Sunday, January 31, 2010
Op Ed Re: Gitmo "suicides"/Homicides
Fayetteville NC Observer – Published, Sun Jan 31, 2010
Latest Gitmo shocker makes waves
By Chuck Fager
Who would have guessed it?
The case of the three Guantanamo prisoners found dead in June 2006, who were originally called suicides but maybe weren't, has many angles.
And one unexpected twist is that it might bring long-parted schoolmates together again.
In the early 1970s, "Billy" McRaven and Scott Horton were students at Theodore Roosevelt High School in San Antonio.
I talked with Horton in New York City last week. He explained that he and Billy were both from military families. McRaven wound up in the Navy while Horton went to law school. Each advanced in his profession.
Today, McRaven is an admiral. And he's commander of the Joint Special Operations Command.
JSOC, as it's called, may be the most secretive of the many secret groups based at Fort Bragg.
JSOC reputedly brings together such units as the Army's Delta Force, the Air Force's combat controllers and other clandestine units for missions the rest of us are never supposed to hear about.
While details are few, indications are that, in recent years, JSOC has been particularly busy.
And how are they doing? Well, when the Washington Post's Bob Woodward asked the former president in his book, "The War Within," the reply was simply, "JSOC is awesome."
Whatever that means operationally, JSOC has also been extremely adroit in avoiding media or congressional scrutiny.
But could that start to change? This is where Adm. McRaven's old schoolmate enters the story.
Since high school in Texas, Scott Horton has successfully practiced international law, including human rights cases in many countries.
But he is no radical. When the "war on terror" began after 9/11, he told me, he was not an antiwar skeptic or a pacifist.
In fact, he had friends in both the military and intelligence agencies.
It was the off-the-record, uneasy reports from these contacts that got his attention - alarmed talk of disappearances, torture, secret prison sites, a disregard for all the laws and rules of war. A cascade of deeds to make any honorable American soldier ashamed.
"This wasn't a question of occasional abuse," Horton told me. "In any prison system, you'll have some abuses. But this was a matter of torture as policy. Policy coming down from above."
And torture, as has been noted in this paper before, is a federal felony. It's also a war crime under international law.
These informal reports were followed by one public shock after another. There was Abu Ghraib, torture flights (most taking off from North Carolina), "black site" prisons, coverups (Pat Tillman, anyone?).
Following up these and other cases turned Scott Horton into one of the most determined and tenacious human rights attorneys and investigators working the ongoing "torture beat."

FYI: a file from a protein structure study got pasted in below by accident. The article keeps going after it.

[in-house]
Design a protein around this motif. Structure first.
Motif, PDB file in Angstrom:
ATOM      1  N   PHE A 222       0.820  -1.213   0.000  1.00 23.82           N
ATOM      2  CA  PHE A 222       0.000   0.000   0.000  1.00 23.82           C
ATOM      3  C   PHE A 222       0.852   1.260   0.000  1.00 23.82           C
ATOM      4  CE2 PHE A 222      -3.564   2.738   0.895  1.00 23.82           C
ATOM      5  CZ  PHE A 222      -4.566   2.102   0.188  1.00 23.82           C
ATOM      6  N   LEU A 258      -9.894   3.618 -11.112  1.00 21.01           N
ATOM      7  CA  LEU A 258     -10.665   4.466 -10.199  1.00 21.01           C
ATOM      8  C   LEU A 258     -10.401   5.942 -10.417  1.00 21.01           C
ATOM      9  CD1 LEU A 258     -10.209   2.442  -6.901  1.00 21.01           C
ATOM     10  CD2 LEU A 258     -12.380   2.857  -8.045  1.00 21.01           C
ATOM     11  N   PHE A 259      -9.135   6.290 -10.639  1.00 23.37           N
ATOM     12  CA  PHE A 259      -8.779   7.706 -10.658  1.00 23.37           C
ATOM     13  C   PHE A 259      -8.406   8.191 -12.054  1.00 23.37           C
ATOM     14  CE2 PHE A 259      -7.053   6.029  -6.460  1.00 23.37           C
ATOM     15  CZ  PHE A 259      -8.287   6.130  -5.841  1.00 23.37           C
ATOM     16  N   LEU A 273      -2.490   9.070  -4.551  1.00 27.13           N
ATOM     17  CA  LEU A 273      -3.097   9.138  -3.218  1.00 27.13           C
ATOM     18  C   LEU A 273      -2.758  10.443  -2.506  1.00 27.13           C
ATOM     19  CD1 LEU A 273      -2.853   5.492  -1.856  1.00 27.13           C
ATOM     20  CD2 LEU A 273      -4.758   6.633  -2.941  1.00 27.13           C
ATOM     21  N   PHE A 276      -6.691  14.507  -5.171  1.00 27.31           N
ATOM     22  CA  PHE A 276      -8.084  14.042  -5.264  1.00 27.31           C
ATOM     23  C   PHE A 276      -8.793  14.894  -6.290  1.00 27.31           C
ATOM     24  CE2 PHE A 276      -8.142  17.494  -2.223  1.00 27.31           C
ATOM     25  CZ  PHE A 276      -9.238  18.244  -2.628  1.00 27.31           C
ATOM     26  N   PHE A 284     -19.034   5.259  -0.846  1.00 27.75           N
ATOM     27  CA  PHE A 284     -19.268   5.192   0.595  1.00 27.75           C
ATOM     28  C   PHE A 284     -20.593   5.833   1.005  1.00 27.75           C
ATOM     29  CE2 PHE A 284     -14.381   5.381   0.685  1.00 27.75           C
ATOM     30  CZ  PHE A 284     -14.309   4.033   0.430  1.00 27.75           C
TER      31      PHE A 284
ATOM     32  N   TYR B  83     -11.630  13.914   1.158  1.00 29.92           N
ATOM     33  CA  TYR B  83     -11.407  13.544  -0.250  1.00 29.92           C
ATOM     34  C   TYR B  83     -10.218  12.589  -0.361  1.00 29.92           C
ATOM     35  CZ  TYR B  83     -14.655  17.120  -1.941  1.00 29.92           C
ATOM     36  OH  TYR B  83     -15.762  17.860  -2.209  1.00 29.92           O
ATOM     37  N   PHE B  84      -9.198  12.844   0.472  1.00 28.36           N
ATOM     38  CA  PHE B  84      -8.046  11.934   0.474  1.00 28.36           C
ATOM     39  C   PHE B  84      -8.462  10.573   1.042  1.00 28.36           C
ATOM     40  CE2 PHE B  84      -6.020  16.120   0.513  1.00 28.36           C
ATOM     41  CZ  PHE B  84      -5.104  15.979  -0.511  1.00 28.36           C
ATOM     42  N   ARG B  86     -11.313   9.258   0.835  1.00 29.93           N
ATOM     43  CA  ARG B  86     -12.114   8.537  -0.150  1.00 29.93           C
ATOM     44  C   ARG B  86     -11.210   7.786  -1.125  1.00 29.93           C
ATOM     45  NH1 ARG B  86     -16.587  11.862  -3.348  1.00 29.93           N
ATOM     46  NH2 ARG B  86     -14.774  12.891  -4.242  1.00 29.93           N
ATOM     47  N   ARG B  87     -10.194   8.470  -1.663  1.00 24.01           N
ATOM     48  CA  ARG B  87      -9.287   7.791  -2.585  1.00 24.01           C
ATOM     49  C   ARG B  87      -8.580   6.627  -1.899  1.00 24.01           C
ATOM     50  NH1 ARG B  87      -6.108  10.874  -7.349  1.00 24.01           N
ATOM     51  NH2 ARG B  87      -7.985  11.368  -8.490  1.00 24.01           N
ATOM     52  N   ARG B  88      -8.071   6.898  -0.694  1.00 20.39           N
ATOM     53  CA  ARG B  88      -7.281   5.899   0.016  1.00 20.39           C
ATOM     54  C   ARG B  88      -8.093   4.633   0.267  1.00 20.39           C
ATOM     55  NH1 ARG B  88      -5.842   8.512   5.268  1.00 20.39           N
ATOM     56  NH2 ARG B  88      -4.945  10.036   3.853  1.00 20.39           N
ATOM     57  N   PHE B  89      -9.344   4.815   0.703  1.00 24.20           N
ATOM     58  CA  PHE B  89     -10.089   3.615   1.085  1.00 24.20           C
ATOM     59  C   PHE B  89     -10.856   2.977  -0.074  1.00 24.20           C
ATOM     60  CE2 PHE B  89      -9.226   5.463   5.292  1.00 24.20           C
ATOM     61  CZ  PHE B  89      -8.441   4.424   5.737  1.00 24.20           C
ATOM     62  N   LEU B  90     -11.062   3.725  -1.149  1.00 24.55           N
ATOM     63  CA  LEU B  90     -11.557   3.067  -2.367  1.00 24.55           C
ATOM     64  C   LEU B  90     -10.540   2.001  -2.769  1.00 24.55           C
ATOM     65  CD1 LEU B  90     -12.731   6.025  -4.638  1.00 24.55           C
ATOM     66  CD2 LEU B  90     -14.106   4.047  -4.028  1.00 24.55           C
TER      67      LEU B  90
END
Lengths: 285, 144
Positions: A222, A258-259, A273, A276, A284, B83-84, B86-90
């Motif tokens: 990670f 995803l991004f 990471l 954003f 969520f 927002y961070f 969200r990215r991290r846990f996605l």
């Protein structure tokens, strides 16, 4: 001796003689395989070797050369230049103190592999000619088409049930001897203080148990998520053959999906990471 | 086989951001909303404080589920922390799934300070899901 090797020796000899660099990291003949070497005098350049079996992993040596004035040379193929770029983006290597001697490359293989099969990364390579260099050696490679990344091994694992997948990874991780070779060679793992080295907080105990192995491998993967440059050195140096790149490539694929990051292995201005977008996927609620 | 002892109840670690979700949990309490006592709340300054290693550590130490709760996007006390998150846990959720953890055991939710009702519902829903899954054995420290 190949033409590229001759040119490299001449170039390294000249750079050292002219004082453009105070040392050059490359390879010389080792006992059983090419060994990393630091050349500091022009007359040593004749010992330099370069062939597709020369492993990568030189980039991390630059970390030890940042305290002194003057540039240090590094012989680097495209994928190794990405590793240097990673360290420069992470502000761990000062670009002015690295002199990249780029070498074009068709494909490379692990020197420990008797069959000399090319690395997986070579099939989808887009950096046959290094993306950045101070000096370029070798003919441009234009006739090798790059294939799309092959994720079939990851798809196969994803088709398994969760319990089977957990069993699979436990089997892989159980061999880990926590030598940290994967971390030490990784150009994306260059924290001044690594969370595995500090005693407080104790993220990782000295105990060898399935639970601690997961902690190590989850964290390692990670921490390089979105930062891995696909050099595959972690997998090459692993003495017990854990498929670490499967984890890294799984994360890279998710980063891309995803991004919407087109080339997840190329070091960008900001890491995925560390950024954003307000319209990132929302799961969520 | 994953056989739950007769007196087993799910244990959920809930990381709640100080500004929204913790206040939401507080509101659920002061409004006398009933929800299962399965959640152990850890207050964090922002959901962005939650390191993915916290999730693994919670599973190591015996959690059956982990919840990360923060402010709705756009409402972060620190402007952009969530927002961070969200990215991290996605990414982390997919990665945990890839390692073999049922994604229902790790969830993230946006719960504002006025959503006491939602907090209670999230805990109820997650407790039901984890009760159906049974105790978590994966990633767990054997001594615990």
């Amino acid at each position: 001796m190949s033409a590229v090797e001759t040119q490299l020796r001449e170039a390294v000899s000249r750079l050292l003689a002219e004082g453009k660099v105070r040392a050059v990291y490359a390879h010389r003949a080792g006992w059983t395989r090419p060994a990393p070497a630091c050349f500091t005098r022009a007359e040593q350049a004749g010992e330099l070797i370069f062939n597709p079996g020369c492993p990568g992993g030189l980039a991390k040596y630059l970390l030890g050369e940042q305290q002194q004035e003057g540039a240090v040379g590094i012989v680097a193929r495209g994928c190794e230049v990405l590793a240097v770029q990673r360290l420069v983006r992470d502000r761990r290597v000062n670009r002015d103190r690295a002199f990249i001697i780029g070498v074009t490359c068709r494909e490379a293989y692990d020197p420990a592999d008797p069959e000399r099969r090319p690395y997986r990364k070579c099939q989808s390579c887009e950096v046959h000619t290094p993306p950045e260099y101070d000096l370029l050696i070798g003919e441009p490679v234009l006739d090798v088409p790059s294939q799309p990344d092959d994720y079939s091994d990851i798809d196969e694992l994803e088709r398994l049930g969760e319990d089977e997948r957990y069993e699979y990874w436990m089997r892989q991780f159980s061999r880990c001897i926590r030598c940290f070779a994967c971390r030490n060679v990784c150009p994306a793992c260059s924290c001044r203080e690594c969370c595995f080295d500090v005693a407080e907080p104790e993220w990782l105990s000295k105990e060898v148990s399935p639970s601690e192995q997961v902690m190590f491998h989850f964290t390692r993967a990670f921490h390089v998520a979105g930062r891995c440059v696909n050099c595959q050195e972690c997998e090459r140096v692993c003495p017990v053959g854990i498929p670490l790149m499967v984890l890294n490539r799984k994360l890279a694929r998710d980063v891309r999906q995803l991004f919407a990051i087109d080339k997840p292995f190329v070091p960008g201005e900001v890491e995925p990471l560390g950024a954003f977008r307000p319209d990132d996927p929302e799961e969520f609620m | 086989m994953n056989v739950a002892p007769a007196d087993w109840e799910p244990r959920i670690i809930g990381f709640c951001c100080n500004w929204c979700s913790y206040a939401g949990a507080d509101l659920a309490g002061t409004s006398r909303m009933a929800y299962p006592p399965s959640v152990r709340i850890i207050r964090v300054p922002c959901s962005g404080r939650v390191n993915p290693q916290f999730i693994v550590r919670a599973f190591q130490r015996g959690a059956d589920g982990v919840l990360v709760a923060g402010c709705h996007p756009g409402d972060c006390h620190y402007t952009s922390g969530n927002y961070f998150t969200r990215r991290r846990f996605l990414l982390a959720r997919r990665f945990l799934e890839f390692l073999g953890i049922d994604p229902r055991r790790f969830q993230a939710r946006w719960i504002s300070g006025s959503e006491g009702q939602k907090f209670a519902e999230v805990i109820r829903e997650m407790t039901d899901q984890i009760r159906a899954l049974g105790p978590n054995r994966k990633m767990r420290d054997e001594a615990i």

Dropping a bombshell
You ask me, we need more like him. The official probes of torture, such as they may be, are proceeding at a languid crawl behind tightly closed doors. Either that or they have yielded reports most notable for coverups, blackouts and whitewash.
Then earlier this month, Horton dropped a triple-barreled investigative bombshell into this set of polite croquet matches.
It came in a detailed report for Harper's Magazine, charging that the 2006 deaths at Guantanamo were not suicides at all.
Instead (Bombshell No. 1), the three prisoners had been murdered, probably during torture.
Furthermore (Bombshell No. 2), the killings likely occurred at a previously undisclosed "black site," on the edge of Gitmo itself. It's been dubbed "Camp No," as in, "No, it does not exist." But it does.
And not least, as for where the culpability lies, Horton says all fingers of available information point at (Bombshell No. 3) JSOC.
Which brings us around to Adm. McRaven, Horton's old classmate.
Horton's report has been featured in hundreds of papers around the world (including this one). But so far it has been met with shifty "non-denial-denials" in Washington, and the SOP of stony silence from JSOC itself.
Horton's charges were backed up by the testimony of conscience-stricken soldiers, former Gitmo guards. They knew about Camp No, and they also knew that the original suicide story was false.
Horton told me he's since talked to more potential witnesses.
But despite this persistence, will Horton's new report get any real traction?
So far, the U.S. torture impunity express has been chugging along without a bump, scarcely noting the change of conductors a year ago this month.
Horton says he's hoping for public hearings in Congress. If his witnesses had the chance to tell their version of what happened, it might break through the coverup. And JSOC might even be obliged to answer some uncomfortable questions in public.
If it did, though, and abuses were uncovered, Horton told me he would want them fixed. He's not out to get JSOC abolished. "There's a proper place for it in limited, very dangerous wartime situations," he insisted.
"But it looks as if JSOC's been shielded from scrutiny and accountability, so when mistakes have been made, they haven't been corrected."
Congress seems a weak reed to lean on these days, but Horton is not giving up.
I wish him luck. But maybe a more direct approach would also be worth a try. Here's my scenario:
"Adm. McRaven, your old homey Scott Horton is on the line. Yes, that Scott Horton.
"Sure, he's got some issues. But like your former commander in chief, he too says that JSOC is awesome.
"It's just that the truth, especially about Camp No - that, sir, would be awesomer."
Chuck Fager, the director of Quaker House in Fayetteville, is the author of the books "Selma 1965: The March That Changed The South" and "Eating Dr. King's Dinner: A Memoir."